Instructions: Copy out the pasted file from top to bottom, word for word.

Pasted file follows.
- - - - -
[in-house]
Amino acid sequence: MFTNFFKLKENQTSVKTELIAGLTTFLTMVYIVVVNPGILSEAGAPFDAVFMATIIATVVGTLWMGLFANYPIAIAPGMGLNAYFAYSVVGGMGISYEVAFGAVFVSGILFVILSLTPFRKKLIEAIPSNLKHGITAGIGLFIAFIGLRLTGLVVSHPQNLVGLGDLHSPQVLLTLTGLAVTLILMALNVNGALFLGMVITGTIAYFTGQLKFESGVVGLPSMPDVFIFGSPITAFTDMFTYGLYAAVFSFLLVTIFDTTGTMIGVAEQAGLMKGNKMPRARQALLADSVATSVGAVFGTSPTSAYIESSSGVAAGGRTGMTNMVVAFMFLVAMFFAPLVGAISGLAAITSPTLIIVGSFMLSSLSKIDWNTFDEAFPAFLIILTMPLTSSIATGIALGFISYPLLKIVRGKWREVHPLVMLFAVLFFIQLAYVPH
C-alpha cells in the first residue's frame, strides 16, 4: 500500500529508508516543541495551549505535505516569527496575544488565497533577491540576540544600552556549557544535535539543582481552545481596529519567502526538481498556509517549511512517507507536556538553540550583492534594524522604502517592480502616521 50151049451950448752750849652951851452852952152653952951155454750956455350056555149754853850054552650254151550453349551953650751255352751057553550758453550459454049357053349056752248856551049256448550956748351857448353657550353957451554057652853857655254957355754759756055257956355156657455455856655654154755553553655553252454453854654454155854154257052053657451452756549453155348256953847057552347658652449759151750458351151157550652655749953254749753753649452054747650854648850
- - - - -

[in-house]
Amino acid sequence: MFTNFFKLKENQTSVKTELIAGLTTFLTMVYIVVVNPGILSEAGAPFDAVFMATIIATVVGTLWMGLFANYPIAIAPGMGLNAYFAYSVVGGMGISYEVAFGAVFVSGILFVILSLTPFRKKLIEAIPSNLKHGITAGIGLFIAFIGLRLTGLVVSHPQNLVGLGDLHSPQVLLTLTGLAVTLILMALNVNGALFLGMVITGTIAYFTGQLKFESGVVGLPSMPDVFIFGSPITAFTDMFTYGLYAAVFSFLLVTIFDTTGTMIGVAEQAGLMKGNKMPRARQALLADSVATSVGAVFGTSPTSAYIESSSGVAAGGRTGMTNMVVAFMFLVAMFFAPLVGAISGLAAITSPTLIIVGSFMLSSLSKIDWNTFDEAFPAFLIILTMPLTSSIATGIALGFISYPLLKIVRGKWREVHPLVMLFAVLFFIQLAYVPH
C-alpha cells in the first residue's frame, strides 16, 4: 500500500529508508516543541495551549505535505516569527496575544488565497533577491540576540544600552556549557544535535539543582481552545481596529519567502526538481498556509517549511512517507507536556538553540550583492534594524522604502517592480502616521 50151049451950448752750849652951851452852952152653952951155454750956455350056555149754853850054552650254151550453349551953650751255352751057553550758453550459454049357053349056752248856551049256448550956748351857448353657550353957451554057652853857655254957355754759756055257956355156657455455856655654154755553553655553252454453854654454155854154257052053657451452756549453155348256953847057552347658652449759151750458351151157550652655749953254749753753649452054747650854648850